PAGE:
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Things you need to know before letting out your holiday home

Tuesday 1st February, 2022 by hostandstay

Renting out a holiday home often seems like the best of both worlds: a bolthole for you to escape to whenever you want (within reason) along with some extra income.

However, it’s not quite as simple as it seems; there are a number of things to consider before you take the plunge and buy a holiday let property.

From holiday home council tax to the legal requirements for letting a holiday property, here are some of the key things to consider.

Find your dream home-from-home

Whether you have an existing property or you’re looking to buy, the key question to ask yourself is: would I pay to visit?

To maximise your returns, your holiday home should be in a fairly popular tourist destination. This could be by the coast, in the hills or on the outskirts of a city – in short, somewhere where people want to go.

The next thing to consider is if the property itself offers everything a holidaymaker needs. Access to parking, WiFi and a safe place for children to play are top on the list for many people. Take a look at it with a critical eye: is there anything missing? And, if so, what can you do about it?

The financial aspects

Unfortunately, letting a holiday home isn’t simply a matter of listing it online and away you go; there are a variety of financial implications to consider.

First up is tax. When it comes to the property itself, rates and taxes differ from residential. If your property is in England, and available to rent for 20 weeks (140 days) or more, you must be registered for business rates property tax.

This replaces the council tax you would otherwise be liable for. That’s because, if your holiday home is classified by HMRC as a furnished holiday let business which is run commercially, you no longer need to pay council tax on the property. However, if you own a holiday home which is used mainly as a second home and isn’t let out commercially, you will still need to pay council tax.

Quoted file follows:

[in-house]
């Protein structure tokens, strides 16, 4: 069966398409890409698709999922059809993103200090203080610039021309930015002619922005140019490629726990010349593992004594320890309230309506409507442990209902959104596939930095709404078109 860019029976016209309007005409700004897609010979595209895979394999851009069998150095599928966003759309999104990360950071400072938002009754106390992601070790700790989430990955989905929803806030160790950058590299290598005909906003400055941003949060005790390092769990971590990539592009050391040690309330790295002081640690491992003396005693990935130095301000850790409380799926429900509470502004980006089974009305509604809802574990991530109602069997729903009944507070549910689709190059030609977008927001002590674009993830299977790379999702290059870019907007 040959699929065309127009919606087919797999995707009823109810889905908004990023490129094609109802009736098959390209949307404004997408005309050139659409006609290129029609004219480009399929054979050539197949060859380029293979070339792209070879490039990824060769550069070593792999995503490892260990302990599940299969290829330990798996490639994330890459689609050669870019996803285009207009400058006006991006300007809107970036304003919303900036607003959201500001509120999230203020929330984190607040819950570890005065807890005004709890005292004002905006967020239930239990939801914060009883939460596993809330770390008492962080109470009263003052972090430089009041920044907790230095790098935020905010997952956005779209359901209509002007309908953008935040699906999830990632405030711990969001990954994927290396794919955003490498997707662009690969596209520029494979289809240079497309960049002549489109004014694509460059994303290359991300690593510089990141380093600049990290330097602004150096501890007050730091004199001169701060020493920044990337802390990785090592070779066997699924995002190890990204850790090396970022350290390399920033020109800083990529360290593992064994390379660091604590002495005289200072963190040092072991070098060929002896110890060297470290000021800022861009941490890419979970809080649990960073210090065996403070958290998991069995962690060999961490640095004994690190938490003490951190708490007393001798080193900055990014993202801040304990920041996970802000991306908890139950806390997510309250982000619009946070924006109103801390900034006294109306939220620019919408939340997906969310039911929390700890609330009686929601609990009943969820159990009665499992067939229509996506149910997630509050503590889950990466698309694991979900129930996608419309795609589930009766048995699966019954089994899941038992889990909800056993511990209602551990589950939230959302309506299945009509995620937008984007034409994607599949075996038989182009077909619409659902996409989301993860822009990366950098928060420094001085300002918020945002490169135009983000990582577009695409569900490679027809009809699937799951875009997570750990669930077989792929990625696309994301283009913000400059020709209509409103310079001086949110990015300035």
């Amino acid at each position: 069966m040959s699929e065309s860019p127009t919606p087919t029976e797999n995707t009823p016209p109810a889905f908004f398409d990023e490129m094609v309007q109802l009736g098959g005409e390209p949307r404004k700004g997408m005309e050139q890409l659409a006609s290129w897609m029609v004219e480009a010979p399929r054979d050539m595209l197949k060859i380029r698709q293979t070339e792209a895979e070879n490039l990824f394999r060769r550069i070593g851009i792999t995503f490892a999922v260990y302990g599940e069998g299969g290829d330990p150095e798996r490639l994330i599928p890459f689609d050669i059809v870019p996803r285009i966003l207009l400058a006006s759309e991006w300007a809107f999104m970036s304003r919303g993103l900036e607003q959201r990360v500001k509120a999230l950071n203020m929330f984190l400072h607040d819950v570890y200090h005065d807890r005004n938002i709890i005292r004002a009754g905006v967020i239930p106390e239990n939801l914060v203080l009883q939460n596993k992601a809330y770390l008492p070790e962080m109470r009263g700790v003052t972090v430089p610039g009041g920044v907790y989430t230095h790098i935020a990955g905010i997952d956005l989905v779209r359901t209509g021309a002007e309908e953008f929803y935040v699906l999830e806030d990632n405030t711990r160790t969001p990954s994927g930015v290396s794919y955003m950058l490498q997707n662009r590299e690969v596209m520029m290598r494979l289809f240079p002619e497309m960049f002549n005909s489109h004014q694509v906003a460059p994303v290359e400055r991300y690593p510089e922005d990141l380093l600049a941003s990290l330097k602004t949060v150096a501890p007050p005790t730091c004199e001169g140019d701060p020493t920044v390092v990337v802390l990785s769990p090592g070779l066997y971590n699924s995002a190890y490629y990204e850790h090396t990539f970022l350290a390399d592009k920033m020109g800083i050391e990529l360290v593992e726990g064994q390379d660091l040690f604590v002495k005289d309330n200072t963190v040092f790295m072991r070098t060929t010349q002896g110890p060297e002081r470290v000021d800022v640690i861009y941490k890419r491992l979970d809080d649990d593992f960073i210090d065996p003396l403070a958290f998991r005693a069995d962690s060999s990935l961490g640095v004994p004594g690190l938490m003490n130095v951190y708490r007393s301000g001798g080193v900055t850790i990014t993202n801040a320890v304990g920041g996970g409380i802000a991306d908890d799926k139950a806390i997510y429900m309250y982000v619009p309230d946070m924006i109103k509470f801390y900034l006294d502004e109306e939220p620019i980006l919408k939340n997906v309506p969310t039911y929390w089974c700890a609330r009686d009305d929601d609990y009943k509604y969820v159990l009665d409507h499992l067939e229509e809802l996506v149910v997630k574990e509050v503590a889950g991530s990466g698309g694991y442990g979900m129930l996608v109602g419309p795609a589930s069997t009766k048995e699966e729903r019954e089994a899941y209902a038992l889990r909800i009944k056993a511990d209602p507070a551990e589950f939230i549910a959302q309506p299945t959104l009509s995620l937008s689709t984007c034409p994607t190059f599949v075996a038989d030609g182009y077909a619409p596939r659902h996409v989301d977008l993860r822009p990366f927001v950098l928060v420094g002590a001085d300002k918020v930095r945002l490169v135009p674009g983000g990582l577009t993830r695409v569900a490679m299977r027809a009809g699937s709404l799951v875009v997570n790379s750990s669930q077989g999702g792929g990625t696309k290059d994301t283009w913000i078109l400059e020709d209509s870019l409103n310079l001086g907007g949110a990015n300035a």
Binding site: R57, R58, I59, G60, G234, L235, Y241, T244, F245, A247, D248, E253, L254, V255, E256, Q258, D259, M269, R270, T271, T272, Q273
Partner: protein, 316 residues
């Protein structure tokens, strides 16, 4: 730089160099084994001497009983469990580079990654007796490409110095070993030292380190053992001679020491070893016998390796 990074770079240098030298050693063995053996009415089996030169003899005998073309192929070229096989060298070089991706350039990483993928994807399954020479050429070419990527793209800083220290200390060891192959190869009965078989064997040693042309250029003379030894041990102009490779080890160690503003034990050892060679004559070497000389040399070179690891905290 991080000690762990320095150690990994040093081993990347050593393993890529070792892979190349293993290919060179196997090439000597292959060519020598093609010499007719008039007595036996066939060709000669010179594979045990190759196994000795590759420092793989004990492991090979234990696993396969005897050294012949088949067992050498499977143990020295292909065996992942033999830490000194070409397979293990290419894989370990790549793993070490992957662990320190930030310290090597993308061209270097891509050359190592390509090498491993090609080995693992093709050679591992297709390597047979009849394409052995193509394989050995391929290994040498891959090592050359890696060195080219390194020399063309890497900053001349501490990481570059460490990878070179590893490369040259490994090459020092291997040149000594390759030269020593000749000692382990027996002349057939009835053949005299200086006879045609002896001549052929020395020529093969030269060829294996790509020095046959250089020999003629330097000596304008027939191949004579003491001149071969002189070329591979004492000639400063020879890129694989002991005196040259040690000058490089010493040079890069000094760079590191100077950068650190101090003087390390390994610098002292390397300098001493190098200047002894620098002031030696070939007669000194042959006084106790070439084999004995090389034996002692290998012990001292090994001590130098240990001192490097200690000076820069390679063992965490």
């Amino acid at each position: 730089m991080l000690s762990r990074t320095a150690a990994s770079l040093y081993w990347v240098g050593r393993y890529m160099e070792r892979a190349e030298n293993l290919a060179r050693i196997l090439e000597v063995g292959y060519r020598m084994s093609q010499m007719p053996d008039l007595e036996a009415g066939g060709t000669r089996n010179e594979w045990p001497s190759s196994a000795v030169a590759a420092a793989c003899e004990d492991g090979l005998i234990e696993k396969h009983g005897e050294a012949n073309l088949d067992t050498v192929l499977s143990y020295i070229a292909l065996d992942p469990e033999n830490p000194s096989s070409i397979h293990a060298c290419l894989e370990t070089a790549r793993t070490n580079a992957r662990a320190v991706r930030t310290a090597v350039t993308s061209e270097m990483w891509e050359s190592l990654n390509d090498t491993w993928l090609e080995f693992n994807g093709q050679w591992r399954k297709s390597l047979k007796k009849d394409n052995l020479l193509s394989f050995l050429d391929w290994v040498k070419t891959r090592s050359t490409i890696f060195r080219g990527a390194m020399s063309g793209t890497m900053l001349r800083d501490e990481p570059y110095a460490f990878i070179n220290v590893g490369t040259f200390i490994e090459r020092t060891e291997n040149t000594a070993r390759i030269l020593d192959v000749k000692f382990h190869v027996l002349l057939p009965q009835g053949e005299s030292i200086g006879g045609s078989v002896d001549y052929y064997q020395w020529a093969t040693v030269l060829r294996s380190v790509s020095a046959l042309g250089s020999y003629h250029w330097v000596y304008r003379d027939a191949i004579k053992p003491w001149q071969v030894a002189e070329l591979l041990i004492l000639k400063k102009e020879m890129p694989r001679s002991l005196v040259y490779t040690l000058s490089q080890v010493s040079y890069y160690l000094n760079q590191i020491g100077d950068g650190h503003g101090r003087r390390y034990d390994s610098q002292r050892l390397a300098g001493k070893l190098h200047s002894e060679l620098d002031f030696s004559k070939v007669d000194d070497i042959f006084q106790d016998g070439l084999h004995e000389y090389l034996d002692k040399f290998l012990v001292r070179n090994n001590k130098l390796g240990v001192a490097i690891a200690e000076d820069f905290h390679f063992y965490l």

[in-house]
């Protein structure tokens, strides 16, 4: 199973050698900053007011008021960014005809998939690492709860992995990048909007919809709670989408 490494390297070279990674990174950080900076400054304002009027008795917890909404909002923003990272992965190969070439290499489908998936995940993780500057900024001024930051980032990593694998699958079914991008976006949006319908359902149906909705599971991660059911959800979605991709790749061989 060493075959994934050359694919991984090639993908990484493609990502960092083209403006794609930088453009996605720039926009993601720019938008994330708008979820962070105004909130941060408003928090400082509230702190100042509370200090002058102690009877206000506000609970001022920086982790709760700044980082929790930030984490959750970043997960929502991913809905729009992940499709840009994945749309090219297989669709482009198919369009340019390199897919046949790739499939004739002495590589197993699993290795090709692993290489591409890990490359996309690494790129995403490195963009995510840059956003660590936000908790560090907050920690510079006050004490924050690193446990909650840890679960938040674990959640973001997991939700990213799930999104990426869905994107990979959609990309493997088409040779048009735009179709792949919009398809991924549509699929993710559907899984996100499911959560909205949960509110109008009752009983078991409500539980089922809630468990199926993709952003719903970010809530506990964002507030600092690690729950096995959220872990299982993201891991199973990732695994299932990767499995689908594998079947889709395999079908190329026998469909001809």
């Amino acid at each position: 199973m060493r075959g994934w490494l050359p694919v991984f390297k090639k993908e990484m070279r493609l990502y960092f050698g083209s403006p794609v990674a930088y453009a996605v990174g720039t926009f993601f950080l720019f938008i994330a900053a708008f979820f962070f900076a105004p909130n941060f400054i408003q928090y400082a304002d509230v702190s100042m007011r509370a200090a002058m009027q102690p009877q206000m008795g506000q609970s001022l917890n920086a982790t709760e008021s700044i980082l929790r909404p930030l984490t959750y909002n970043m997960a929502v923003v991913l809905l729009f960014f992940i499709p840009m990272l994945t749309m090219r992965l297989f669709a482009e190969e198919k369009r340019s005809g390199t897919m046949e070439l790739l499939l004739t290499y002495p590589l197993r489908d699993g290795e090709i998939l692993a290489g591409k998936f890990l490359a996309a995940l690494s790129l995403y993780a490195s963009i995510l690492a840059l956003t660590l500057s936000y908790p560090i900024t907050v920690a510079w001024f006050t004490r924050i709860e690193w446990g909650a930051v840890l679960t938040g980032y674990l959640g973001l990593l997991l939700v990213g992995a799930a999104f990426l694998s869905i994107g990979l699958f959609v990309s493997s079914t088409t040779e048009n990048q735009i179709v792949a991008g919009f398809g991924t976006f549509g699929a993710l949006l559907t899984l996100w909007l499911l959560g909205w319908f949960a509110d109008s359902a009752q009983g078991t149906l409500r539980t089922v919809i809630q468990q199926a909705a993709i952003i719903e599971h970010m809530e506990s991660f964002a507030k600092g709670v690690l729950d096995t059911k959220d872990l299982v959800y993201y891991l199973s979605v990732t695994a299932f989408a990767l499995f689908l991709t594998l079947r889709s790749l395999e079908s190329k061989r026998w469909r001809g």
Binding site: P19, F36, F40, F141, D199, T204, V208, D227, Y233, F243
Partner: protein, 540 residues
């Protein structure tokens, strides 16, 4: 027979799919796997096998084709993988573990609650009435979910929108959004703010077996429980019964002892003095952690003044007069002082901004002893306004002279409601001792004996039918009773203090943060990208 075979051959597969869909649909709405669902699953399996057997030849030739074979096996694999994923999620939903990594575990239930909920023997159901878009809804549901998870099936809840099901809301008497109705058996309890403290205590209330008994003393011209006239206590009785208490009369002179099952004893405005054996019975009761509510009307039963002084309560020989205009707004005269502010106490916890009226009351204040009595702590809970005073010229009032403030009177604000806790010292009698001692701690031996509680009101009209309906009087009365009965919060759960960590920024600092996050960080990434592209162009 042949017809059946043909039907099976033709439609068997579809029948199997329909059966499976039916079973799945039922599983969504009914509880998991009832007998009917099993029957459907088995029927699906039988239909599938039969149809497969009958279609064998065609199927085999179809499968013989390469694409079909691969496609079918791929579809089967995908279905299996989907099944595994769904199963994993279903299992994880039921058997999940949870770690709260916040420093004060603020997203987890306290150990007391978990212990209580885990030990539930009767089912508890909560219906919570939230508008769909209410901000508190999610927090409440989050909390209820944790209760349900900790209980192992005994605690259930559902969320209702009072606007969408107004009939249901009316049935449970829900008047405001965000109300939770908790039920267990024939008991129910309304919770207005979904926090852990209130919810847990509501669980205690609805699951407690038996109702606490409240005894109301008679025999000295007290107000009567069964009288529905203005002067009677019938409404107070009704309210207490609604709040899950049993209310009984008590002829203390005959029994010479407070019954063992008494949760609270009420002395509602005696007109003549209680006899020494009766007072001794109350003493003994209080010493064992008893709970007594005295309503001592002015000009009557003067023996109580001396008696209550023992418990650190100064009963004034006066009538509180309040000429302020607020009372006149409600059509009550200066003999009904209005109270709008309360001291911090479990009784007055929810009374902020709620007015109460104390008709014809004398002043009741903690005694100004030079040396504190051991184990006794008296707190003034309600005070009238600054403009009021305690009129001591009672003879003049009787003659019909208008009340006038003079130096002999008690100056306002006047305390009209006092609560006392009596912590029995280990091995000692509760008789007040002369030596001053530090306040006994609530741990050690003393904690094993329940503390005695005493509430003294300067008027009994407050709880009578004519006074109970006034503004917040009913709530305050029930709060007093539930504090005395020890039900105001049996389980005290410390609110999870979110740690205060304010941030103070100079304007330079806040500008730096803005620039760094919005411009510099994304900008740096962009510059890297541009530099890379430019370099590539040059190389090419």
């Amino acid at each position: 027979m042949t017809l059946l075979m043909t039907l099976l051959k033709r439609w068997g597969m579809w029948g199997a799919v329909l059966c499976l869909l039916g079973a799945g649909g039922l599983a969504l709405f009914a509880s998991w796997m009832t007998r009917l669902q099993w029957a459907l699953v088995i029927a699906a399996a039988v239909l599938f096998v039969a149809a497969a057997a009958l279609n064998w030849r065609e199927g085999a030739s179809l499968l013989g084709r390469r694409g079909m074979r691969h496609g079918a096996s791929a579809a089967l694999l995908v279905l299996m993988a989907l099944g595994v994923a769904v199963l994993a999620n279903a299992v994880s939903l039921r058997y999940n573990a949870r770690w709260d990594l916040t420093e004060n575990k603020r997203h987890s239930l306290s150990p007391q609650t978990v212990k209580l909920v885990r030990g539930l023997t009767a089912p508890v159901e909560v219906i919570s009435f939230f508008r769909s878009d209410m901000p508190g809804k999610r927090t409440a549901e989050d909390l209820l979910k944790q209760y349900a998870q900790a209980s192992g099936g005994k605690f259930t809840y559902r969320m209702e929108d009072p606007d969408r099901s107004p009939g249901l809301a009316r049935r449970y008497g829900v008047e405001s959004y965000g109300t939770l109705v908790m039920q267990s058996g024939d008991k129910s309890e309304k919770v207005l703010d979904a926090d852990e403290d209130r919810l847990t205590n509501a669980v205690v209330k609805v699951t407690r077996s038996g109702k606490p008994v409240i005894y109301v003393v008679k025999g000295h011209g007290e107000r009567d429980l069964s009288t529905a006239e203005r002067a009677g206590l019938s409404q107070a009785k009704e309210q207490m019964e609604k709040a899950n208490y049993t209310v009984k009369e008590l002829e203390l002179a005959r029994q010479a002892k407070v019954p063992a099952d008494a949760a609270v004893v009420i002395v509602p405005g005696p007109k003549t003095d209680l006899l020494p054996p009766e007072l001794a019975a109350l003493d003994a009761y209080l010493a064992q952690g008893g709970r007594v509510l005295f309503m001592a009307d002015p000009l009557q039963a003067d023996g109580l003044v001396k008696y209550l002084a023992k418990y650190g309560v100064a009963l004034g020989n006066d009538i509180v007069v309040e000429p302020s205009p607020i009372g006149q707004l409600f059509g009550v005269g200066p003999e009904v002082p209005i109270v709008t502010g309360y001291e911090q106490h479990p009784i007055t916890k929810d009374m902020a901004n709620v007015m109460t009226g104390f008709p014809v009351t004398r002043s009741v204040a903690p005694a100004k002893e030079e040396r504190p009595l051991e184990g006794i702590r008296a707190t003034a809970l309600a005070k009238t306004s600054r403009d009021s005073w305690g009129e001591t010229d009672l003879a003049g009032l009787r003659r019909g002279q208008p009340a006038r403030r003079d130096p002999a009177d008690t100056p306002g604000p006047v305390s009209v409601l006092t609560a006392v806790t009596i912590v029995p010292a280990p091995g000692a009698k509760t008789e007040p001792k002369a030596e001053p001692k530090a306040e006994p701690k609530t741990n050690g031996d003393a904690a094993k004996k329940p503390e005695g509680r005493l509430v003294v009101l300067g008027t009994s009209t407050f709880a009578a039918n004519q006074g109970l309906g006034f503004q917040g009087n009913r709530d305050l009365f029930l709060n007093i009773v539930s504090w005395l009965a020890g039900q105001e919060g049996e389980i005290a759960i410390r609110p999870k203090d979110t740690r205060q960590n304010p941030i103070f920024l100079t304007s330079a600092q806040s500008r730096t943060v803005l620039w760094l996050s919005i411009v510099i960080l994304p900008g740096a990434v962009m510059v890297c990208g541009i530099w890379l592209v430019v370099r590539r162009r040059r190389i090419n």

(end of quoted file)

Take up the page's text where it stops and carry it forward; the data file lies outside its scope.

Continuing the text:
Furthermore, in terms of your personal tax payments, you’ll need to complete a Self-Assessment tax return, as if you were a residential landlord. There is some good news though – holiday home Hosts may qualify for a number of tax benefits, including capital allowances on furniture and furnishings, and Capital Gains Tax reliefs.

Know the law

As well as making sure you’re paying what’s necessary, you’ll need to make sure you’re abiding by all rules and regulations surrounding holiday home ownership.

First of all, a thorough fire risk assessment should be top of your list when letting. As well as being a legal requirement, it’s also a potentially life-saving measure to keep your guests safe. Alongside the obligatory smoke alarms, consider installing other fire safety measures such as extinguishers and fire blankets.

If you have an open fire or log burner, it’s usually a requirement that the chimney must be swept at least once a year.

Gas is another potentially fatal hazard,  so if your let contains any gas appliances you’re legally required to ensure that these are correctly installed and maintained by certified Gas Safe engineers, as well as being checked on an annual basis. 

Additionally, the furniture in your property by law must comply with the Furniture and Furnishings (Fire Safety) Regulations 1998 (amended 1989, 1993 and 2010).

This covers all upholstered furniture, which must meet specified ignition resistance levels and be appropriately labelled. 

Your electrical goods are also subject to legislation, namely the Electricity at Work Regulations 1989, which states that all electrical systems in the property are fully maintained for the safety of guests.

For more information on all the above, check out our blog on the legal requirements of owning a holiday home here.

How to find guests

Again, not always as easy as it seems. Yes, as soon as you announce your intentions, you’ll have family and friends queuing up to stay – but that’s not enough to sustain a business.

Instead, consider working with a holiday home property management firm like Host & Stay. We’ll take care of everything, from taking the photos and advertising the property to taking bookings and setting prices.

Whether you’re at the start of your journey or want to make the most of an existing property, our aim is simple – to make you more money from your holiday home.

Get in touch today to find out what we can do for you. https://hostandstay.co.uk/host/get-started/

 

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